How would you describe your center? Any good business has their “elevator speech”. A simple one or two sentence introduction about what your center offers to the marketplace.
I start my relationship with my customers using this sentence. The reason I do? It tells me how much time the owner or reader has thought about their business from a customer’s perspective.
How do you describe your center? Let me give you something to think about. The team at Fun Advisors spends most of their time thinking about your center from the customer’s perspective, so let’s talk about that customer. There are maybe 15% of your customers looking at your center for its attractions. Lazer tag buffs, people who like to bowl, video game players, you get the idea . Everyone else is there for a reason you may not have considered.
Families and adults today have way too many choices on nearly any topic. They can spend their money at home, they can spend their money in the center, they can spend their money on many different things. But it’s not the money spent you should be worried about, you should be thinking about their time. Back in the 1970’s, when cell phones, 150 cable channels, internet and social media didn’t exist, people read books, went on walks, got together and had fun. Home entertainment has created competition for your time.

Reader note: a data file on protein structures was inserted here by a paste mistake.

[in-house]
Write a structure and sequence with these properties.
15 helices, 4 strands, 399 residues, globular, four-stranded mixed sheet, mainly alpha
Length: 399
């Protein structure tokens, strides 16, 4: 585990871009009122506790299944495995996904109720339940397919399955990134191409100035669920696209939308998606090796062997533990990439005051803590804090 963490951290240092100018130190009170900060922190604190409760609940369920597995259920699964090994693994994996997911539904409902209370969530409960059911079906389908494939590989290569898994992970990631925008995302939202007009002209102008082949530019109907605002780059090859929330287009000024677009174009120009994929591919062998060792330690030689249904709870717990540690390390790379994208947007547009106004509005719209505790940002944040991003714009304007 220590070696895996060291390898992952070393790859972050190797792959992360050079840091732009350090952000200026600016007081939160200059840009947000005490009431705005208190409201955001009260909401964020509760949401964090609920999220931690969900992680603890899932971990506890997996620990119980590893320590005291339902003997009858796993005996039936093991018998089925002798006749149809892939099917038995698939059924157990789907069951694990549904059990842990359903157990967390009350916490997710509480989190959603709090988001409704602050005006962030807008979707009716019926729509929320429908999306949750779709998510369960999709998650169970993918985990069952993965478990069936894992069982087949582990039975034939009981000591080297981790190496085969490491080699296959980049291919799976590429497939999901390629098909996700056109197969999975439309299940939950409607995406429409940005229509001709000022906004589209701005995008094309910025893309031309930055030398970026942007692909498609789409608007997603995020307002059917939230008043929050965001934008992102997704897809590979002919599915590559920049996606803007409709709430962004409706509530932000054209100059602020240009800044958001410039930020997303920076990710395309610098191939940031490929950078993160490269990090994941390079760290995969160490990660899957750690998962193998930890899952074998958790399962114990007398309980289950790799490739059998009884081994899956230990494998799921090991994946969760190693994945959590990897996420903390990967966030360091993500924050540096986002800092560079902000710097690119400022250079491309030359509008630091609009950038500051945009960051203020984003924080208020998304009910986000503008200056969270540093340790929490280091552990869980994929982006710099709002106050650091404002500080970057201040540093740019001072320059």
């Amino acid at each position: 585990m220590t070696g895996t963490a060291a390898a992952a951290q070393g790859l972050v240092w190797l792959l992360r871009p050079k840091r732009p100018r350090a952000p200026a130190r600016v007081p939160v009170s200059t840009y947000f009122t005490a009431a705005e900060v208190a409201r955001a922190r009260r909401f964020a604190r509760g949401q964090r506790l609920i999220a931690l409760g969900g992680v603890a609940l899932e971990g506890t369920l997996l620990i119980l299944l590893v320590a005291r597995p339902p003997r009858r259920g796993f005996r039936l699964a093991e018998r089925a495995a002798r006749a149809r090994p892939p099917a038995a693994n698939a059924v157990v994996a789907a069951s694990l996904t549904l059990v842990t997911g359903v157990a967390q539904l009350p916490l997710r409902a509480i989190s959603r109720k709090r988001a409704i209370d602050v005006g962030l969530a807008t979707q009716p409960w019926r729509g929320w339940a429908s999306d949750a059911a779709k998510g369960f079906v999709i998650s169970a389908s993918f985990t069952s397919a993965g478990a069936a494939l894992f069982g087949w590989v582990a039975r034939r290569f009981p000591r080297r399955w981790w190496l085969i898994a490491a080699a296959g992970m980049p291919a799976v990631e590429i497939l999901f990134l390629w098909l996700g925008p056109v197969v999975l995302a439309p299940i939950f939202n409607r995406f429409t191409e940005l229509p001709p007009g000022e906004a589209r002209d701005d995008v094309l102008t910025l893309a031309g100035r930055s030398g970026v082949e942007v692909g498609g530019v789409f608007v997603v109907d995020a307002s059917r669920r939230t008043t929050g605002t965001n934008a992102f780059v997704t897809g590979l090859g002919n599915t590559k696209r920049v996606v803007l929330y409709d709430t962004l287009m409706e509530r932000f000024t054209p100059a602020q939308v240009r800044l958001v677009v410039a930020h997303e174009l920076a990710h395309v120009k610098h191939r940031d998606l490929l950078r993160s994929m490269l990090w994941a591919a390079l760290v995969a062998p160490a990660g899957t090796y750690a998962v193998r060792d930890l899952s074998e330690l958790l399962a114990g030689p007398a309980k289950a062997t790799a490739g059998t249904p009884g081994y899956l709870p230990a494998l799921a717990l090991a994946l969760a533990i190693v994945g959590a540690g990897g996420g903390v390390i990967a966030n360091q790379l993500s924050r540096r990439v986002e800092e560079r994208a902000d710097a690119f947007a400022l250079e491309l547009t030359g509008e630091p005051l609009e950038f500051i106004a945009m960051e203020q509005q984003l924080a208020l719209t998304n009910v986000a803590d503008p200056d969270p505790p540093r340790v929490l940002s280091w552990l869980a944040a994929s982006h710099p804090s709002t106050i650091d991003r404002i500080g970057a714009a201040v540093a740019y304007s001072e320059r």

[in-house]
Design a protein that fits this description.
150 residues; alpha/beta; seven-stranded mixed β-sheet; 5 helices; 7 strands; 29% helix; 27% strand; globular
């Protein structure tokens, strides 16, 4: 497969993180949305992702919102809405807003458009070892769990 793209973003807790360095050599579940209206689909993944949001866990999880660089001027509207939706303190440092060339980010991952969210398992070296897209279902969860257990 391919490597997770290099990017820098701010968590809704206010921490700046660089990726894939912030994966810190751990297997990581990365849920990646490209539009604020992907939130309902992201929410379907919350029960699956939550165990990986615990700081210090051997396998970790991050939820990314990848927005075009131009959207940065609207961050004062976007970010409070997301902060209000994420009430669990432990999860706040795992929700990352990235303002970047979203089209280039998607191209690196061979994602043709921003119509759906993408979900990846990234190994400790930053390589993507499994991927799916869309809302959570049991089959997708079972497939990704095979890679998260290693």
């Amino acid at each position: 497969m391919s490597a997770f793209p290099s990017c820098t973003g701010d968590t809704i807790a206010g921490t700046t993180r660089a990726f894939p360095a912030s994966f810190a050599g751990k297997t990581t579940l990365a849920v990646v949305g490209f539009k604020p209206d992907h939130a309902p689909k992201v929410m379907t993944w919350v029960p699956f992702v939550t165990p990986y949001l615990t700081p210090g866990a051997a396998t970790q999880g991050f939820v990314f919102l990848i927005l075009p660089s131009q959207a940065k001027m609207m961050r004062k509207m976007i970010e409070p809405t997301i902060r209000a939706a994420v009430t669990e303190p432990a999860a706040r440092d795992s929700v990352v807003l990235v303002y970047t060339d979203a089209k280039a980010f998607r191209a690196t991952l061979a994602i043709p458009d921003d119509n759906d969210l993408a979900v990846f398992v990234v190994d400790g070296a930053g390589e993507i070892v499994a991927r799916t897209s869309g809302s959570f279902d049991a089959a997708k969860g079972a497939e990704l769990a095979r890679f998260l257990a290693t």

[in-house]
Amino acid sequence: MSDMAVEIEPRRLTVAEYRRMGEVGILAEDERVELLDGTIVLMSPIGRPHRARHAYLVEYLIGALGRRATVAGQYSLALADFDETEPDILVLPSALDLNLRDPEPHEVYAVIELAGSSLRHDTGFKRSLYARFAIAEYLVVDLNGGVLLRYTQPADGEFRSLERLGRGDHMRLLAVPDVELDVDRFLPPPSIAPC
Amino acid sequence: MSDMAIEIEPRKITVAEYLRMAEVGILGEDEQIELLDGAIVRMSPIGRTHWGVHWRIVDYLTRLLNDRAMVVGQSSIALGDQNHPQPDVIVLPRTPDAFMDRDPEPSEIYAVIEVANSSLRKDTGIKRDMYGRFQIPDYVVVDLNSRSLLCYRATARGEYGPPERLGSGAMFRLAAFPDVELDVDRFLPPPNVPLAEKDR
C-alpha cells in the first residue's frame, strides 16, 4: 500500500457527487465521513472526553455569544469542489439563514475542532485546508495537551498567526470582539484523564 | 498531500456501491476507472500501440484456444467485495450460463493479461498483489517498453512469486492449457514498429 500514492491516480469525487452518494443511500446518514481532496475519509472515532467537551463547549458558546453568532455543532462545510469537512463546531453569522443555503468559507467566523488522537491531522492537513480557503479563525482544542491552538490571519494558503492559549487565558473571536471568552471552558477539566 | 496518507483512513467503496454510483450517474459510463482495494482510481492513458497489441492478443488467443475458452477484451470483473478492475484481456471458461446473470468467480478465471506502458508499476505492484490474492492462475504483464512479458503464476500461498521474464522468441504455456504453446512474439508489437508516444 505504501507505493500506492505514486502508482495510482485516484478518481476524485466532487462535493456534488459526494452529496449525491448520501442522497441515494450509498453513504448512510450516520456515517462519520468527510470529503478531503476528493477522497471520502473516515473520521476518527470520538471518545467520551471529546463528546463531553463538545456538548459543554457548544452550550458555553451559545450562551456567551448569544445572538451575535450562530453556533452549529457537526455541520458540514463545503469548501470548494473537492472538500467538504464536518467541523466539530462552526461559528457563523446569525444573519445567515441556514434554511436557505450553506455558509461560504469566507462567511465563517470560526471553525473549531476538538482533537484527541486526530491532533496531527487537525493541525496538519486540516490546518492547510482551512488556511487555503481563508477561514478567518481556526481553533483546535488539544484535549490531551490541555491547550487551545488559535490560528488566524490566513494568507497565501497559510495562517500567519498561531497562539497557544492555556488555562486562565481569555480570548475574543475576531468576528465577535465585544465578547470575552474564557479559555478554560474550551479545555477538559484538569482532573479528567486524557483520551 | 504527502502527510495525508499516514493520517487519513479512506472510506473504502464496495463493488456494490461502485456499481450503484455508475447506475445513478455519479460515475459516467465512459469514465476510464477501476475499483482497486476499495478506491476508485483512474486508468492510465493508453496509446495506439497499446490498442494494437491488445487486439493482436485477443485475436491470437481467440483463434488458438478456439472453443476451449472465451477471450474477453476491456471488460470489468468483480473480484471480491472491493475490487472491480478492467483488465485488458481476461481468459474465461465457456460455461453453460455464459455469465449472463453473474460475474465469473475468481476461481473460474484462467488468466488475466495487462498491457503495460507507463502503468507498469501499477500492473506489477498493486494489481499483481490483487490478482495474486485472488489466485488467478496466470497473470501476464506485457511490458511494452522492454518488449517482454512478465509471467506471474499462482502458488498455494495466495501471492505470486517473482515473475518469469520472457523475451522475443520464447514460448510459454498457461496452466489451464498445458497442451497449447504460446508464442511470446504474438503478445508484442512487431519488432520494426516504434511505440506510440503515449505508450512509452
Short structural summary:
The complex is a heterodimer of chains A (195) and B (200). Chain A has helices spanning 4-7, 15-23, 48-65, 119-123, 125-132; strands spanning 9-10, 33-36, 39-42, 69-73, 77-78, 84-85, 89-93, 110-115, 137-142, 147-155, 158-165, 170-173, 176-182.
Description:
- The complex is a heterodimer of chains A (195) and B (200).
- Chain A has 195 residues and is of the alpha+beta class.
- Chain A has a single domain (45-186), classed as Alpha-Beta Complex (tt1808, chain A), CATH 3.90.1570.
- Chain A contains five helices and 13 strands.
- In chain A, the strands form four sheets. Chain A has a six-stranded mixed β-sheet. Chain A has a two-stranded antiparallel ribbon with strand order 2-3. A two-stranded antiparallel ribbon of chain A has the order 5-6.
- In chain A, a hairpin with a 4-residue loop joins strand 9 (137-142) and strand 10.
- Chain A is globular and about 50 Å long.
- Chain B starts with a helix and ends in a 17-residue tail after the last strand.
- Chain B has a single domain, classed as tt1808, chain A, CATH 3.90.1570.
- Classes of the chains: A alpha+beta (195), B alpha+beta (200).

When you think that most households have at least 1 ½ incomes, you soon realize that the financial decision to come to your center places second behind the time factor. Yet when I walk into a center before we start working with them, most frame their experience in terms of dollars and cents instead of quality of the experience the guests are about to have. Here’s where I’m leading:
We are in the guest experience business. Sure, there are niche markets that are here for specific attractions, but that’s not where your profit will be. Your profit lies in smiling faces of children, your profit lies in parents who are willing to tell their friends what a great time they had, your profit lies in the memories that you create. Are you looking at your business this way?
There are lots of ways to communicate an experience rather than the purchase itself. It starts with understanding that we are there for a good time, not for a good deal.